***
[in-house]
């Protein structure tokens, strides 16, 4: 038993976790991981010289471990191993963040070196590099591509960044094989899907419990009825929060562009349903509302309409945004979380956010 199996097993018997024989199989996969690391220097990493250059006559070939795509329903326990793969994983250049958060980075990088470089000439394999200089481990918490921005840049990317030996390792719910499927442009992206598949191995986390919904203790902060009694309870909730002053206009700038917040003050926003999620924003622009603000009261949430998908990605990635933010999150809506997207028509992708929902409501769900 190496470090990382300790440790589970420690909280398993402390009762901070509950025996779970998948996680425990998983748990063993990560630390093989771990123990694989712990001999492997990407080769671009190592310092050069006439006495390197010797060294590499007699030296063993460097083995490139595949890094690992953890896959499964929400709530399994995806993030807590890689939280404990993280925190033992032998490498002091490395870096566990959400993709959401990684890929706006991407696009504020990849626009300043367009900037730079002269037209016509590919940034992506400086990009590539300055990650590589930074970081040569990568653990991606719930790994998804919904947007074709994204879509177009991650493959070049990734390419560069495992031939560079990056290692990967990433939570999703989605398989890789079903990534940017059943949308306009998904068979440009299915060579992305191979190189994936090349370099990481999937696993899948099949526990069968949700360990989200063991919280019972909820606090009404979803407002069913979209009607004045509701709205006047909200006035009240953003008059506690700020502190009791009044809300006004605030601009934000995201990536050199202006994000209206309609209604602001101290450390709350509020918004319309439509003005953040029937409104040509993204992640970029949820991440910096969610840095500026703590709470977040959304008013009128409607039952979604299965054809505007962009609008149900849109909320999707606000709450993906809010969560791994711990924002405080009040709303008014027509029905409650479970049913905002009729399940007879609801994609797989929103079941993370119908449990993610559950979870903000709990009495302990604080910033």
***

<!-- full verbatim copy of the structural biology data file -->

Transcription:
[in-house]
């Protein structure tokens, strides 16, 4: 038993976790991981010289471990191993963040070196590099591509960044094989899907419990009825929060562009349903509302309409945004979380956010 199996097993018997024989199989996969690391220097990493250059006559070939795509329903326990793969994983250049958060980075990088470089000439394999200089481990918490921005840049990317030996390792719910499927442009992206598949191995986390919904203790902060009694309870909730002053206009700038917040003050926003999620924003622009603000009261949430998908990605990635933010999150809506997207028509992708929902409501769900 190496470090990382300790440790589970420690909280398993402390009762901070509950025996779970998948996680425990998983748990063993990560630390093989771990123990694989712990001999492997990407080769671009190592310092050069006439006495390197010797060294590499007699030296063993460097083995490139595949890094690992953890896959499964929400709530399994995806993030807590890689939280404990993280925190033992032998490498002091490395870096566990959400993709959401990684890929706006991407696009504020990849626009300043367009900037730079002269037209016509590919940034992506400086990009590539300055990650590589930074970081040569990568653990991606719930790994998804919904947007074709994204879509177009991650493959070049990734390419560069495992031939560079990056290692990967990433939570999703989605398989890789079903990534940017059943949308306009998904068979440009299915060579992305191979190189994936090349370099990481999937696993899948099949526990069968949700360990989200063991919280019972909820606090009404979803407002069913979209009607004045509701709205006047909200006035009240953003008059506690700020502190009791009044809300006004605030601009934000995201990536050199202006994000209206309609209604602001101290450390709350509020918004319309439509003005953040029937409104040509993204992640970029949820991440910096969610840095500026703590709470977040959304008013009128409607039952979604299965054809505007962009609008149900849109909320999707606000709450993906809010969560791994711990924002405080009040709303008014027509029905409650479970049913905002009729399940007879609801994609797989929103079941993370119908449990993610559950979870903000709990009495302990604080910033």